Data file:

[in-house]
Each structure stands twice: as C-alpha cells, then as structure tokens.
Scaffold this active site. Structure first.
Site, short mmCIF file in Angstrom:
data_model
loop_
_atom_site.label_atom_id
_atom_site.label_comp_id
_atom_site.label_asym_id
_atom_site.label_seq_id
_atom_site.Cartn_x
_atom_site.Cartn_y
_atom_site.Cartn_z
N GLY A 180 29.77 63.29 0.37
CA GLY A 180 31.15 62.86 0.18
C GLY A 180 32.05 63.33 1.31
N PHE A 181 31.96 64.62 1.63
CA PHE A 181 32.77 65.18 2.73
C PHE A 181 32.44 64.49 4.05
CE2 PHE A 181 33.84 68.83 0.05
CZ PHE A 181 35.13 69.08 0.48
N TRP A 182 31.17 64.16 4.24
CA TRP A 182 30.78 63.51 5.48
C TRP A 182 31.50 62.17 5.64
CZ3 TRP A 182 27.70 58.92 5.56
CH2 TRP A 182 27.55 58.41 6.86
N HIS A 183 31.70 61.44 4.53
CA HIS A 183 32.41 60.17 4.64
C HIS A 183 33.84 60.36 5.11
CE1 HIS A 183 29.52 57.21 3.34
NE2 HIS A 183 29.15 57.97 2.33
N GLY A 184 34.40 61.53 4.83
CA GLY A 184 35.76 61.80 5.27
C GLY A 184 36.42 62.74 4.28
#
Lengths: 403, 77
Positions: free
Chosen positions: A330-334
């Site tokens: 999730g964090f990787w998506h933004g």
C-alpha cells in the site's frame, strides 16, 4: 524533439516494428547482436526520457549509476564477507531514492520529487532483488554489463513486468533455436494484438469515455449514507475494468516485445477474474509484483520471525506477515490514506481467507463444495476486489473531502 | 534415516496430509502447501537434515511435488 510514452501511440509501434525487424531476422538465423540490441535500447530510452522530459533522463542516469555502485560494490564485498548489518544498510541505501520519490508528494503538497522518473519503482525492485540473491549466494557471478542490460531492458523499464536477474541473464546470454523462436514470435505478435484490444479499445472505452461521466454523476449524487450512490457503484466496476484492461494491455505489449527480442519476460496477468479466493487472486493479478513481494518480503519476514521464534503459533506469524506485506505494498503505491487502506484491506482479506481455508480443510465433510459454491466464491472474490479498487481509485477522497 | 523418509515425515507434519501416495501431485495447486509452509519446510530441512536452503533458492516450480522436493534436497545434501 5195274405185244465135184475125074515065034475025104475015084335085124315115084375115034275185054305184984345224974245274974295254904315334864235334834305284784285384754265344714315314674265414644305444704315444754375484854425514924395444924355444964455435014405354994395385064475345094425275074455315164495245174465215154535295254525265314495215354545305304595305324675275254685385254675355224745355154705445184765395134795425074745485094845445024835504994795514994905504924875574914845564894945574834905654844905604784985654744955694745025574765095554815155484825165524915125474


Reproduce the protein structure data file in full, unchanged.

[in-house]
Each structure stands twice: as C-alpha cells, then as structure tokens.
Scaffold this active site. Structure first.
Site, short mmCIF file in Angstrom:
data_model
loop_
_atom_site.label_atom_id
_atom_site.label_comp_id
_atom_site.label_asym_id
_atom_site.label_seq_id
_atom_site.Cartn_x
_atom_site.Cartn_y
_atom_site.Cartn_z
N GLY A 180 29.77 63.29 0.37
CA GLY A 180 31.15 62.86 0.18
C GLY A 180 32.05 63.33 1.31
N PHE A 181 31.96 64.62 1.63
CA PHE A 181 32.77 65.18 2.73
C PHE A 181 32.44 64.49 4.05
CE2 PHE A 181 33.84 68.83 0.05
CZ PHE A 181 35.13 69.08 0.48
N TRP A 182 31.17 64.16 4.24
CA TRP A 182 30.78 63.51 5.48
C TRP A 182 31.50 62.17 5.64
CZ3 TRP A 182 27.70 58.92 5.56
CH2 TRP A 182 27.55 58.41 6.86
N HIS A 183 31.70 61.44 4.53
CA HIS A 183 32.41 60.17 4.64
C HIS A 183 33.84 60.36 5.11
CE1 HIS A 183 29.52 57.21 3.34
NE2 HIS A 183 29.15 57.97 2.33
N GLY A 184 34.40 61.53 4.83
CA GLY A 184 35.76 61.80 5.27
C GLY A 184 36.42 62.74 4.28
#
Lengths: 403, 77
Positions: free
Chosen positions: A330-334
């Site tokens: 999730g964090f990787w998506h933004g």
C-alpha cells in the site's frame, strides 16, 4: 524533439516494428547482436526520457549509476564477507531514492520529487532483488554489463513486468533455436494484438469515455449514507475494468516485445477474474509484483520471525506477515490514506481467507463444495476486489473531502 | 534415516496430509502447501537434515511435488 510514452501511440509501434525487424531476422538465423540490441535500447530510452522530459533522463542516469555502485560494490564485498548489518544498510541505501520519490508528494503538497522518473519503482525492485540473491549466494557471478542490460531492458523499464536477474541473464546470454523462436514470435505478435484490444479499445472505452461521466454523476449524487450512490457503484466496476484492461494491455505489449527480442519476460496477468479466493487472486493479478513481494518480503519476514521464534503459533506469524506485506505494498503505491487502506484491506482479506481455508480443510465433510459454491466464491472474490479498487481509485477522497 | 523418509515425515507434519501416495501431485495447486509452509519446510530441512536452503533458492516450480522436493534436497545434501 5195274405185244465135184475125074515065034475025104475015084335085124315115084375115034275185054305184984345224974245274974295254904315334864235334834305284784285384754265344714315314674265414644305444704315444754375484854425514924395444924355444964455435014405354994395385064475345094425275074455315164495245174465215154535295254525265314495215354545305304595305324675275254685385254675355224745355154705445184765395134795425074745485094845445024835504994795514994905504924875574914845564894945574834905654844905604784985654744955694745025574765095554815155484825165524915125474